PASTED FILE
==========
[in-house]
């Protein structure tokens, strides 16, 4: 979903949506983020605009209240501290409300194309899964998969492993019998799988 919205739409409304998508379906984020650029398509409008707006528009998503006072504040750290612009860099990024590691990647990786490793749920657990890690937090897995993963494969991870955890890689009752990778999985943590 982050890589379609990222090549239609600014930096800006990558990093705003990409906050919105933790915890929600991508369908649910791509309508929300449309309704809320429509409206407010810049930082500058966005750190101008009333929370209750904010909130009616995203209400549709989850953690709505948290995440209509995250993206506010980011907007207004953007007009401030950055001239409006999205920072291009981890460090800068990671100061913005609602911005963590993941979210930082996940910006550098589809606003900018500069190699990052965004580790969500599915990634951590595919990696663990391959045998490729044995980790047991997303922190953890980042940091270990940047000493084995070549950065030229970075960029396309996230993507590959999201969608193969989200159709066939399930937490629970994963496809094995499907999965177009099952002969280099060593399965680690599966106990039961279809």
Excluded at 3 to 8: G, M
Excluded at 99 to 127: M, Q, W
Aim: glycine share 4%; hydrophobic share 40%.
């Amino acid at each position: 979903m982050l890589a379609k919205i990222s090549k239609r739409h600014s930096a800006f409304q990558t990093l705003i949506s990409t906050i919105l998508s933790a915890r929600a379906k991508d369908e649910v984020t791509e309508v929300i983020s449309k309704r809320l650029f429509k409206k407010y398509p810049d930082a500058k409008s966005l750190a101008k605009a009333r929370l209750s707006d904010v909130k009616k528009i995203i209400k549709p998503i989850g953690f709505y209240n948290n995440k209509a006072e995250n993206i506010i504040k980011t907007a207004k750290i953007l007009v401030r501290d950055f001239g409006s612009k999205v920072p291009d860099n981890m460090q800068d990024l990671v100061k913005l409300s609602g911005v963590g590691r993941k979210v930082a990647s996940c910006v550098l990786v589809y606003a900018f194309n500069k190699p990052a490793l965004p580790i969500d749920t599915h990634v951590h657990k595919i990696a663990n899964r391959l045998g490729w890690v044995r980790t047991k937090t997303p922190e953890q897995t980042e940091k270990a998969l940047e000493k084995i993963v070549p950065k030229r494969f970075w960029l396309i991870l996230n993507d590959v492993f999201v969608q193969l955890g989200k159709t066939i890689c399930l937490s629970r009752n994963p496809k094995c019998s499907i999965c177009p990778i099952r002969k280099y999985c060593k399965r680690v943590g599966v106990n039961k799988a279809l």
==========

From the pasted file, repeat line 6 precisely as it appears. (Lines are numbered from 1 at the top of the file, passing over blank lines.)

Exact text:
């Amino acid at each position: 979903m982050l890589a379609k919205i990222s090549k239609r739409h600014s930096a800006f409304q990558t990093l705003i949506s990409t906050i919105l998508s933790a915890r929600a379906k991508d369908e649910v984020t791509e309508v929300i983020s449309k309704r809320l650029f429509k409206k407010y398509p810049d930082a500058k409008s966005l750190a101008k605009a009333r929370l209750s707006d904010v909130k009616k528009i995203i209400k549709p998503i989850g953690f709505y209240n948290n995440k209509a006072e995250n993206i506010i504040k980011t907007a207004k750290i953007l007009v401030r501290d950055f001239g409006s612009k999205v920072p291009d860099n981890m460090q800068d990024l990671v100061k913005l409300s609602g911005v963590g590691r993941k979210v930082a990647s996940c910006v550098l990786v589809y606003a900018f194309n500069k190699p990052a490793l965004p580790i969500d749920t599915h990634v951590h657990k595919i990696a663990n899964r391959l045998g490729w890690v044995r980790t047991k937090t997303p922190e953890q897995t980042e940091k270990a998969l940047e000493k084995i993963v070549p950065k030229r494969f970075w960029l396309i991870l996230n993507d590959v492993f999201v969608q193969l955890g989200k159709t066939i890689c399930l937490s629970r009752n994963p496809k094995c019998s499907i999965c177009p990778i099952r002969k280099y999985c060593k399965r680690v943590g599966v106990n039961k799988a279809l």